Kenya: The Days After
According to most of the international media there is a significant probability that tomorrow's presidential, parliamentary and county-level elections will lead to a re-run of the major violence seen after the 2007 vote. This stance partly reflects the fact that the two main parties. Jubilee and NASA, are neck and neck in the polls alongside repeated claims by the NASA leader Raila Odinga, who has contested the last two elections, that only another bout of ballot rigging can deny him a long overdue and deserved presidential victory. The recent murder of a key electoral official has also exacerbated concerns.
However, the domestic media and financial markets seem much more sanguine. Despite some intermittent volatility, the Kenyan shilling has been broadly flat against the USD over since the start of the year while the Nairobi All-Share index is up by 4% and over 18% so far in 2017. This partly reflects the preparedness of the security forces to quell any outbreaks of disorder as well as the pledges from the main parties to refrain from incitement. Of course, both assets could tumble sharply in the event of marked post-vote turbulence.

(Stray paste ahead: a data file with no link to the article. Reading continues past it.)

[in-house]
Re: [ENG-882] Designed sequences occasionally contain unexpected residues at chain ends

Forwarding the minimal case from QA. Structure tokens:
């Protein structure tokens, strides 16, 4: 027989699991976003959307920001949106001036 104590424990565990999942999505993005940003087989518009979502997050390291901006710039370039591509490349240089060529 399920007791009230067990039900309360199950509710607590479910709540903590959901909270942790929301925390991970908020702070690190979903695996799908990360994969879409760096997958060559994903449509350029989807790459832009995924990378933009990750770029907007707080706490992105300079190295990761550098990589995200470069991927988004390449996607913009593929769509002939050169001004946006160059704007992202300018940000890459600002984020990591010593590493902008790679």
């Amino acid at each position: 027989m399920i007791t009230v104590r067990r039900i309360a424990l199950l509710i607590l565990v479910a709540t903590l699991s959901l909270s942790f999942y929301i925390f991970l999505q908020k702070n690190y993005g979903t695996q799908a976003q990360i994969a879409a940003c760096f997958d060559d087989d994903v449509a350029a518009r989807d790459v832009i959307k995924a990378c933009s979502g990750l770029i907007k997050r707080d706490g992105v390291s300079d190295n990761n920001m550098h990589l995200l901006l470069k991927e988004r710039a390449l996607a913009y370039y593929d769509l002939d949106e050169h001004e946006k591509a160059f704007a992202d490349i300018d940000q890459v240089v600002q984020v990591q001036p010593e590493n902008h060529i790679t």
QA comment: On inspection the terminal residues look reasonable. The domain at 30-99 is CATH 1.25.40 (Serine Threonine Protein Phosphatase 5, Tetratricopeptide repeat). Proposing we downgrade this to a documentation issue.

Despite a lot of posturing, there is little to fundamentally separate the main two parties in economic terms. Consequently, despite any post-vote friction, there are no signs that a NASA victory poses a threat to key pieces of investment-relevant legislation. These include an amendment to the 2013 Public-Private Partnerships Act which will give counties the ability to arrange PPPs, an Energy Bill which will be extended to cover renewable sources, and the introduction of road tolling to help fund the upgrading and extension of the network.